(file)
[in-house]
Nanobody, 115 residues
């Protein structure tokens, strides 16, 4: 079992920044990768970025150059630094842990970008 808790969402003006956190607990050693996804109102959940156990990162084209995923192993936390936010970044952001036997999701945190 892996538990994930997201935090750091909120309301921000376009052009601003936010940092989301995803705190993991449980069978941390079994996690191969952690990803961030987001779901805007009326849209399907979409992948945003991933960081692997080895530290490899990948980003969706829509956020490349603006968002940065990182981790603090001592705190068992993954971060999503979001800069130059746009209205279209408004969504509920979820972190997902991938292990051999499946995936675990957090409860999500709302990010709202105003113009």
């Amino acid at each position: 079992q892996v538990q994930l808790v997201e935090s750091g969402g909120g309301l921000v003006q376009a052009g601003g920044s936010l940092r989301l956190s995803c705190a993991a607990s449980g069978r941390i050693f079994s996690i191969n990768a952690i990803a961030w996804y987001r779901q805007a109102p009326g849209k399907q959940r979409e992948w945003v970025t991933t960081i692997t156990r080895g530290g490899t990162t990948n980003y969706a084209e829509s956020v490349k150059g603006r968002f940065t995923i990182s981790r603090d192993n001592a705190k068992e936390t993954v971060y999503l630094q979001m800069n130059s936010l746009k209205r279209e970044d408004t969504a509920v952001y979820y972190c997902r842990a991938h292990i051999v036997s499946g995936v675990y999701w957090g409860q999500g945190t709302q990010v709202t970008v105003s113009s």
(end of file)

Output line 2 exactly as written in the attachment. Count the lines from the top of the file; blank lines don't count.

Nanobody, 115 residues